Mortgage Loan Servicing Disputes Force Placed Insurance All mortgages require homeowners to maintain hazard insurance on their homes. Mortgages give the mortgagee (the bank) the right to buy insurance if the homeowner fails to insure the home. This is called force-placed insurance. Force-placed insurance can be extremely expensive, and provides less coverage. There have been problems in the past with servicers buying insurance from affiliated companies and receiving kickbacks. It has been unfortunately common for servicers to force place insurance even though the homeowner has insurance. Force-placed insurance has been such a problem that the Consumer Financial Protection Bureau enacted some strict rules. The servicer has to (1) have a reasonable belief that you do not have house insurance and (2) send the required notices to you before it can charge you for force-placed insurance. The servicer is not considered to have a reasonable belief that you do not have coverage unless it sends you a notice 45 days before charging you for force-placed insurance, and sends another notice 30 days after the first notice. If you provide proof of insurance, the servicer must (1) cancel the force-placed insurance policy and (2) has to give you a refund for those months where both your insurance and the force-placed insurance were in place. The servicer cannot charge you for its work in obtaining the force-placed insurance unless (1) it actually performed the work, and (2) the charge bears a reasonable relationship to the servicer's actual cost in performing the work. If you escrow for insurance, the servicer cannot force place insurance if it is possible for it to continue your insurance. If your policy expires, the servicer must advance funds to keep your policy in effect. Small servicers are exempt from the part of the rule, but the insurance they obtain must be less expensive than paying the policy you had.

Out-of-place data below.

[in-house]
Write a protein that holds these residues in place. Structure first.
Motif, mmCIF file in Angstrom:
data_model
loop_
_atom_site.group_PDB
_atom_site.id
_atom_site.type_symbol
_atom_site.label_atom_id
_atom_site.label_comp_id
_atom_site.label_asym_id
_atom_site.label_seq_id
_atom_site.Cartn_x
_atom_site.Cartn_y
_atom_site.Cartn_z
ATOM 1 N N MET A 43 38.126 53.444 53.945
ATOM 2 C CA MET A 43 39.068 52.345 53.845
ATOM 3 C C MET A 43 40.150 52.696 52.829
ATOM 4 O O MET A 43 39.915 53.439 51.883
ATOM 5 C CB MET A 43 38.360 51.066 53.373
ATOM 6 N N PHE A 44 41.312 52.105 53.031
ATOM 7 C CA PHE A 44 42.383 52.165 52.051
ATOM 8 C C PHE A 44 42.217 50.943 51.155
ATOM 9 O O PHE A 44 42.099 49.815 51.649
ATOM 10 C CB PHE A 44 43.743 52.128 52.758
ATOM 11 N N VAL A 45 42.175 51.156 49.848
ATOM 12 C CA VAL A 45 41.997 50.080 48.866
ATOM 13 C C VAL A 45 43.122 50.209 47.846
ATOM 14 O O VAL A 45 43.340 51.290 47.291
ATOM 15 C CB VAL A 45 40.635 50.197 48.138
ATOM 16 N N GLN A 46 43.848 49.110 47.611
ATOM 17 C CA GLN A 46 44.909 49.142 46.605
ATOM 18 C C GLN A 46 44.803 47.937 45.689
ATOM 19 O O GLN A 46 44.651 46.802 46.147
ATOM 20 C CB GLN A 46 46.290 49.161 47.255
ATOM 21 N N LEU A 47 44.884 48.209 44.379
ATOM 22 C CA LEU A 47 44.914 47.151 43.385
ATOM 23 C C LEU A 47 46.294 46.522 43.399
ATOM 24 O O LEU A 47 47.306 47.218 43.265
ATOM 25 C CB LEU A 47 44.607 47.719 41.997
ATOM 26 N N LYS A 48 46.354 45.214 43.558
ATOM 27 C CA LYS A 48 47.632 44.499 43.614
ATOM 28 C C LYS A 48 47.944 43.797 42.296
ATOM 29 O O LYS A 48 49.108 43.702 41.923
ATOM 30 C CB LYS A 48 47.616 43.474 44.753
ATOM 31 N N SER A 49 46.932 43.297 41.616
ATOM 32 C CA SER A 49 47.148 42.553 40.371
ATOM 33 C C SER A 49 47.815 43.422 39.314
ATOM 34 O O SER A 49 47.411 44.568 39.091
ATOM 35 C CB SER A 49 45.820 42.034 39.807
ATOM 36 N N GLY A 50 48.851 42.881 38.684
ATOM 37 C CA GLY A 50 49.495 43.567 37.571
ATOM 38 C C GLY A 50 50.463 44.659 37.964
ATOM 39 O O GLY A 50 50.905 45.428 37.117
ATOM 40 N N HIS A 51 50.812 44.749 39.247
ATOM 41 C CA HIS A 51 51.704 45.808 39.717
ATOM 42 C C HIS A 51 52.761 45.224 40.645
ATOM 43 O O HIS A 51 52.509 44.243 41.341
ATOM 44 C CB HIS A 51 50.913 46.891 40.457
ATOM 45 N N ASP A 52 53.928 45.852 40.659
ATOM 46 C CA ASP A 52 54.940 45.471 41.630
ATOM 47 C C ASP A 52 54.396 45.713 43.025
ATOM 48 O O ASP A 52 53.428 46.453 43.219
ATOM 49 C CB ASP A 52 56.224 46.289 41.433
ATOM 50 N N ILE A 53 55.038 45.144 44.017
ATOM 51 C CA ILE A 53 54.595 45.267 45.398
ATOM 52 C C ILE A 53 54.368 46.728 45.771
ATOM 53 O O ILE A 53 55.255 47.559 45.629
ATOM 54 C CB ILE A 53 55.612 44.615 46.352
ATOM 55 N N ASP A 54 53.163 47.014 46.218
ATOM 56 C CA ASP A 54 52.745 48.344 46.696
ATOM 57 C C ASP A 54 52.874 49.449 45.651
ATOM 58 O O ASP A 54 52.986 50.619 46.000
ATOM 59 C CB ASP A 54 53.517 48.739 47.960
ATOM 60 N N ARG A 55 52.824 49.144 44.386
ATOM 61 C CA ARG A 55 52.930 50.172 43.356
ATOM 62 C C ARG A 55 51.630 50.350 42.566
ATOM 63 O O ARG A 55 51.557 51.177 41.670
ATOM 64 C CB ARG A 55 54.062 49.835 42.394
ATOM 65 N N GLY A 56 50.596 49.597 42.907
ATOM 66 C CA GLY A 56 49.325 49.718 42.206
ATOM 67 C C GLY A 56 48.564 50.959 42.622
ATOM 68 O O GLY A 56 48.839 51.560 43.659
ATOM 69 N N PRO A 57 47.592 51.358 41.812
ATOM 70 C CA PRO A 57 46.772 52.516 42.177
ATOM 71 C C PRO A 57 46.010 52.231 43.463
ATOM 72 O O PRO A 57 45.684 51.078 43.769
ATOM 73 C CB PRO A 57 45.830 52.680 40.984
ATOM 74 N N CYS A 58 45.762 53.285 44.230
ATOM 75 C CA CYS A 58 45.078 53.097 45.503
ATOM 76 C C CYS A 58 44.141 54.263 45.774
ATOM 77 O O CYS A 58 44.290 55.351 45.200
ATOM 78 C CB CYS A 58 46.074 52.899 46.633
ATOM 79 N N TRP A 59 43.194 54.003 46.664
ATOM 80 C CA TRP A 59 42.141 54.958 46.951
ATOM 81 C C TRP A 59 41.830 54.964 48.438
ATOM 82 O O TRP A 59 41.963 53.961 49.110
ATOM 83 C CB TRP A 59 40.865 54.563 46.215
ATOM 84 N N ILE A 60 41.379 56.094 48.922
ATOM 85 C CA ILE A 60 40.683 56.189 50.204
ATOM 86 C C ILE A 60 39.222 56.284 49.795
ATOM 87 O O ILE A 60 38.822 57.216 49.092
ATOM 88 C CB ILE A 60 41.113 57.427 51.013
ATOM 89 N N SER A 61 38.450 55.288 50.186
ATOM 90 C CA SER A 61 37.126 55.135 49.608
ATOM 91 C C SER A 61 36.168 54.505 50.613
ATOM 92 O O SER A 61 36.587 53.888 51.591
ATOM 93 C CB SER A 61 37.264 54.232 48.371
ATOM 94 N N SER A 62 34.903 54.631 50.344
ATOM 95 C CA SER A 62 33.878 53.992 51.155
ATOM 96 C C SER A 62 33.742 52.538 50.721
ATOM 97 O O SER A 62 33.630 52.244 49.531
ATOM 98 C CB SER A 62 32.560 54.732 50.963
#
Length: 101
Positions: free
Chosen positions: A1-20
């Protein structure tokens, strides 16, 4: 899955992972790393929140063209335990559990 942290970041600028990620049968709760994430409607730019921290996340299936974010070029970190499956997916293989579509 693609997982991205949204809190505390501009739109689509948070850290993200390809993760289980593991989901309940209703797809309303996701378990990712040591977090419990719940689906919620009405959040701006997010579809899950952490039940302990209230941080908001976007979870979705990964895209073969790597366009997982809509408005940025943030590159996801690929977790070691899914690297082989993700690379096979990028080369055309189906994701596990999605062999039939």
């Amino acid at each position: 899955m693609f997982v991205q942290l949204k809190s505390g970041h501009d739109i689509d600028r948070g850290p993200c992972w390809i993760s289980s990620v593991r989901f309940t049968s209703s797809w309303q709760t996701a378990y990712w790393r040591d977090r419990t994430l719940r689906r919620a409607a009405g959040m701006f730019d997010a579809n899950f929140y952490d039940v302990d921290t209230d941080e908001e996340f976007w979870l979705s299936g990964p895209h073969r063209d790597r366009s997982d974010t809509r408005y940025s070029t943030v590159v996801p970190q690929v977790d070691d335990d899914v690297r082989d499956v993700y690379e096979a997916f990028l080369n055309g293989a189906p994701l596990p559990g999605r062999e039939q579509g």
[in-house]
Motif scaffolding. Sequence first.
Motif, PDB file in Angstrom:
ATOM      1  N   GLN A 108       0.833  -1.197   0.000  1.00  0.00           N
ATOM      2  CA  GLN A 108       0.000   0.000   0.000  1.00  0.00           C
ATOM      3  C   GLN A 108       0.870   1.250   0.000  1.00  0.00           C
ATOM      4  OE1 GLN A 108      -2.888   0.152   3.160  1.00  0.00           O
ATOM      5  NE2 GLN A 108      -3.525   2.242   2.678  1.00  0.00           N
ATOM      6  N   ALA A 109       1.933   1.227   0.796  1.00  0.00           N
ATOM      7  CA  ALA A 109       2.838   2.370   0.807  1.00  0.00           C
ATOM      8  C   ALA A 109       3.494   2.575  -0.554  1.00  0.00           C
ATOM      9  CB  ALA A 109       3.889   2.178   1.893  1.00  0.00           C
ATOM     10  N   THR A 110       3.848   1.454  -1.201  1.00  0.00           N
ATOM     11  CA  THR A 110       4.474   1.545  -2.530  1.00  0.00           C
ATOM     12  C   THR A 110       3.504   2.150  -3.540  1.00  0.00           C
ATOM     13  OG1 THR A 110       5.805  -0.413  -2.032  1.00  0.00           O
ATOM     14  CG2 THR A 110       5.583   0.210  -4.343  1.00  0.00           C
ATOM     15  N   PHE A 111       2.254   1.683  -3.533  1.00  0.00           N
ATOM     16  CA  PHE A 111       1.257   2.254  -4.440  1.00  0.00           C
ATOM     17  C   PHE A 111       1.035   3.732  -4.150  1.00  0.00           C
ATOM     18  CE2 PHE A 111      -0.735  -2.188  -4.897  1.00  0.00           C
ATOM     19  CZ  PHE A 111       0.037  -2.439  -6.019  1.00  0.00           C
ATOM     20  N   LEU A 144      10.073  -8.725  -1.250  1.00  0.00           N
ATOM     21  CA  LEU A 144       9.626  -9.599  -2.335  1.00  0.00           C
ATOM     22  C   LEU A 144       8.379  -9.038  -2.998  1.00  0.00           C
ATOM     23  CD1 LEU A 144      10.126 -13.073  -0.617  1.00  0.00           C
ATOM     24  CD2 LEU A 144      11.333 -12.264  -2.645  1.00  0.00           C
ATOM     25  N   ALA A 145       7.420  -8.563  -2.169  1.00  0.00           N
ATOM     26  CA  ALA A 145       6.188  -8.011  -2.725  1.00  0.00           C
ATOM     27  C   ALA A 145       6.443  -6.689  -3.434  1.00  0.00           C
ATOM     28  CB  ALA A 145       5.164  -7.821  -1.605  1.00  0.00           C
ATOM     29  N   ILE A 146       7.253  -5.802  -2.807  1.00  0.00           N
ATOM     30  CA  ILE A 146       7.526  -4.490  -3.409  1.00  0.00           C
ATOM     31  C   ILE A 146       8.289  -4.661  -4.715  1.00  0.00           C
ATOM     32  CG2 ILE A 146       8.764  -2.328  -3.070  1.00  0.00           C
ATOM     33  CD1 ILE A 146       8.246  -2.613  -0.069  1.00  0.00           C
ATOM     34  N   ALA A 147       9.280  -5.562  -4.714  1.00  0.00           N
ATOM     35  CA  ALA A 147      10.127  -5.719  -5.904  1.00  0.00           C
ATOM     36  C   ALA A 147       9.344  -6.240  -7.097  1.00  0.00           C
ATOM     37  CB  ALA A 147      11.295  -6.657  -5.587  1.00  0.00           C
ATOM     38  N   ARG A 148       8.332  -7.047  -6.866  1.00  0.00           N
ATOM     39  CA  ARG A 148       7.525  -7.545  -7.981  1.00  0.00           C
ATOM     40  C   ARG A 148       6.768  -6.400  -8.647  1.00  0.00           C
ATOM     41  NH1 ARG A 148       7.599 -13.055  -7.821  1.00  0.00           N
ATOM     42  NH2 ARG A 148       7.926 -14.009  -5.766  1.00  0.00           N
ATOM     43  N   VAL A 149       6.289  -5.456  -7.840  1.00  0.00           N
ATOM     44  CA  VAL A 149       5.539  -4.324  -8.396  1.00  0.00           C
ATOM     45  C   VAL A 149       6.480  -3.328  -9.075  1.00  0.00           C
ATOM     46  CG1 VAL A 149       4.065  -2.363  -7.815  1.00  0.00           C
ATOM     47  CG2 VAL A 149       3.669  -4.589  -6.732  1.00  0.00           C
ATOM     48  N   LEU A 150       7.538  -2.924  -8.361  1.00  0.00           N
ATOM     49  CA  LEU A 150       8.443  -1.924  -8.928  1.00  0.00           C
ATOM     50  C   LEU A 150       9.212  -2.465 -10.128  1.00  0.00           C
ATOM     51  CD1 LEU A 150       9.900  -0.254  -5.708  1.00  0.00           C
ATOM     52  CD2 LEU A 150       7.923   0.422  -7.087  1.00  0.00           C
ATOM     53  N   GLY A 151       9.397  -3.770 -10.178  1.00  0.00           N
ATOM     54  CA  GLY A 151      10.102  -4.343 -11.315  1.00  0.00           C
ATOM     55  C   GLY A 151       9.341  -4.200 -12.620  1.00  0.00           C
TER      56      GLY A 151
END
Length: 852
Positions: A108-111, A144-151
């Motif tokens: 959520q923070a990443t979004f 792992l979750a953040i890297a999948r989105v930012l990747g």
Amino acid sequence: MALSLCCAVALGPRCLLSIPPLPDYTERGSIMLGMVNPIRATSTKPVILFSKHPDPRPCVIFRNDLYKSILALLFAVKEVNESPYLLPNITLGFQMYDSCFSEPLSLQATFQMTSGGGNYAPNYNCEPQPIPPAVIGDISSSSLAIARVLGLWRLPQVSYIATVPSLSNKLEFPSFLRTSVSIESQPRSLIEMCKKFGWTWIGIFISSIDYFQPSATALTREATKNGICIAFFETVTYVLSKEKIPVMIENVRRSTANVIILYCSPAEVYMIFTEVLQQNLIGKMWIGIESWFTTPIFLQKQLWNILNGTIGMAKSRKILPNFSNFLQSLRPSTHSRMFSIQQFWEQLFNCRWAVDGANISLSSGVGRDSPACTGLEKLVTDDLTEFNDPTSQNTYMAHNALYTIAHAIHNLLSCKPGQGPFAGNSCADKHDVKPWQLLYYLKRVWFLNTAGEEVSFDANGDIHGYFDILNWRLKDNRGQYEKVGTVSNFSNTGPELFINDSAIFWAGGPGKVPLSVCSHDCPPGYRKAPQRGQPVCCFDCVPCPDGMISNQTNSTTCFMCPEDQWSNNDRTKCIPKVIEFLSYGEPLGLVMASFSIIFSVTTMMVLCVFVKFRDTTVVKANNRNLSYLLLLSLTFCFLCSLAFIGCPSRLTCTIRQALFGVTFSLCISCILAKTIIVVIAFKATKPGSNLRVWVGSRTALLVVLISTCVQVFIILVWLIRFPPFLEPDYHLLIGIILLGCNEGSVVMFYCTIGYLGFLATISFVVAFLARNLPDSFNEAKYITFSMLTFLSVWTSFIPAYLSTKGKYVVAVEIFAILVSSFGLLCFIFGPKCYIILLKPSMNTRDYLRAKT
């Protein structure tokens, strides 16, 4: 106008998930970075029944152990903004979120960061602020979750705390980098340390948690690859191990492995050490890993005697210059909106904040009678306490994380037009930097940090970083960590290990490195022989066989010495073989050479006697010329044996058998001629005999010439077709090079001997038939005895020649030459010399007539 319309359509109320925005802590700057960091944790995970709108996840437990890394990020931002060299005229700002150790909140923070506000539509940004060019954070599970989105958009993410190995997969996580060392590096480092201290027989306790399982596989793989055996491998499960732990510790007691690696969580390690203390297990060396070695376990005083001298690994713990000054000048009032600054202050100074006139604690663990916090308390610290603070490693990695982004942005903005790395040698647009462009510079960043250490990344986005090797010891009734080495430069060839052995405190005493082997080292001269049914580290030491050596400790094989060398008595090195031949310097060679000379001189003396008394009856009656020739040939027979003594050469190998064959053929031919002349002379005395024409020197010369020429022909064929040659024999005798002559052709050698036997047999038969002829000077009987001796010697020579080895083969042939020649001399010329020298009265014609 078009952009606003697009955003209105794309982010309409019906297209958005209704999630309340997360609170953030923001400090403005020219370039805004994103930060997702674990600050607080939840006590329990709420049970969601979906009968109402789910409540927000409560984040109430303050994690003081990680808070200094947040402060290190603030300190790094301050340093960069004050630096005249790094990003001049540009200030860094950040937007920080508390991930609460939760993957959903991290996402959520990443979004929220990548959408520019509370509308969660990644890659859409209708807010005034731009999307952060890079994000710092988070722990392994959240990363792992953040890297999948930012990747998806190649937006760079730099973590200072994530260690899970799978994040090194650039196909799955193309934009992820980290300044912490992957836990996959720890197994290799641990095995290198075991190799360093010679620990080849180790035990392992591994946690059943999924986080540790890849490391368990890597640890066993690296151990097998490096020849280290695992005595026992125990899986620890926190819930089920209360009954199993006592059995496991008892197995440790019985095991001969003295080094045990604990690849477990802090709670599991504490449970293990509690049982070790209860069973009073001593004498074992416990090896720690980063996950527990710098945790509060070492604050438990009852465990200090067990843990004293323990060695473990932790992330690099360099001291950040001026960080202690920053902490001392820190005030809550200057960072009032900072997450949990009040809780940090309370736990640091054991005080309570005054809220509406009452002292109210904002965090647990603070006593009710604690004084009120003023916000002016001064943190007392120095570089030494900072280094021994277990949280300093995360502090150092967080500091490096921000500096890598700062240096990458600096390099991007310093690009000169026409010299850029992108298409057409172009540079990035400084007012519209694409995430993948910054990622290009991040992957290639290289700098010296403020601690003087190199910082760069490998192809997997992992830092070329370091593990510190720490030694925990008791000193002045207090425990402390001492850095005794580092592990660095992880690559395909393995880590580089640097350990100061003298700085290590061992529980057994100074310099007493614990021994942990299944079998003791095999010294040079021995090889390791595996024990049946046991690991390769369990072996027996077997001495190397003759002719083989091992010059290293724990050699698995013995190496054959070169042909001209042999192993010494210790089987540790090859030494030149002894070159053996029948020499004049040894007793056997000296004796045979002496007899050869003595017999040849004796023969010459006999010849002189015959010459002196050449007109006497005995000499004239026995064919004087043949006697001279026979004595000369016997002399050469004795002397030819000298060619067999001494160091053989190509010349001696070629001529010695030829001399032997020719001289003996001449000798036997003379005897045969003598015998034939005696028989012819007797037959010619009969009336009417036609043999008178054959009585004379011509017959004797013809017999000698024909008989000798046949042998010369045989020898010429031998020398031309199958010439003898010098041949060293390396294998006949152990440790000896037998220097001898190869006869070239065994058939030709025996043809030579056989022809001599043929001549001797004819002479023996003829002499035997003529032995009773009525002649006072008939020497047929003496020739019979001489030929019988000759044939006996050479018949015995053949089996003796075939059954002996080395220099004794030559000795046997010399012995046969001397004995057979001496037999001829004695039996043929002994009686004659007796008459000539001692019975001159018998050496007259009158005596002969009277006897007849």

MORTGAGE RIGHTS
 MORTGAGE RIGHTS
The site does not provide legal advice. Neither Susan LaCava nor her law firm, LaCava Law, S.C., represent you until there is a signed retainer agreement.
Mortgage Loan Servicing Disputes Force Placed Insurance All mortgages require homeowners to maintain hazard insurance on their homes. Mortgages give the mortgagee (the bank) the right to buy insurance if the homeowner fails to insure the home. This is called force-placed insurance. Force-placed insurance can be extremely expensive, and provides less coverage. There have been problems in the past with servicers buying insurance from affiliated companies and receiving kickbacks. It has been unfortunately common for servicers to force place insurance even though the homeowner has insurance. Force-placed insurance has been such a problem that the Consumer Financial Protection Bureau enacted some strict rules. The servicer has to (1) have a reasonable belief that you do not have house insurance and (2) send the required notices to you before it can charge you for force-placed insurance. The servicer is not considered to have a reasonable belief that you do not have coverage unless it sends you a notice 45 days before charging you for force-placed insurance, and sends another notice 30 days after the first notice. If you provide proof of insurance, the servicer must (1) cancel the force-placed insurance policy and (2) has to give you a refund for those months where both your insurance and the force-placed insurance were in place. The servicer cannot charge you for its work in obtaining the force-placed insurance unless (1) it actually performed the work, and (2) the charge bears a reasonable relationship to the servicer's actual cost in performing the work. If you escrow for insurance, the servicer cannot force place insurance if it is possible for it to continue your insurance. If your policy expires, the servicer must advance funds to keep your policy in effect. Small servicers are exempt from the part of the rule, but the insurance they obtain must be less expensive than paying the policy you had.
 MORTGAGE RIGHTS
The site does not provide legal advice. Neither Susan LaCava nor her law firm, LaCava Law, S.C., represent you until there is a signed retainer agreement.  MORTGAGE RIGHTS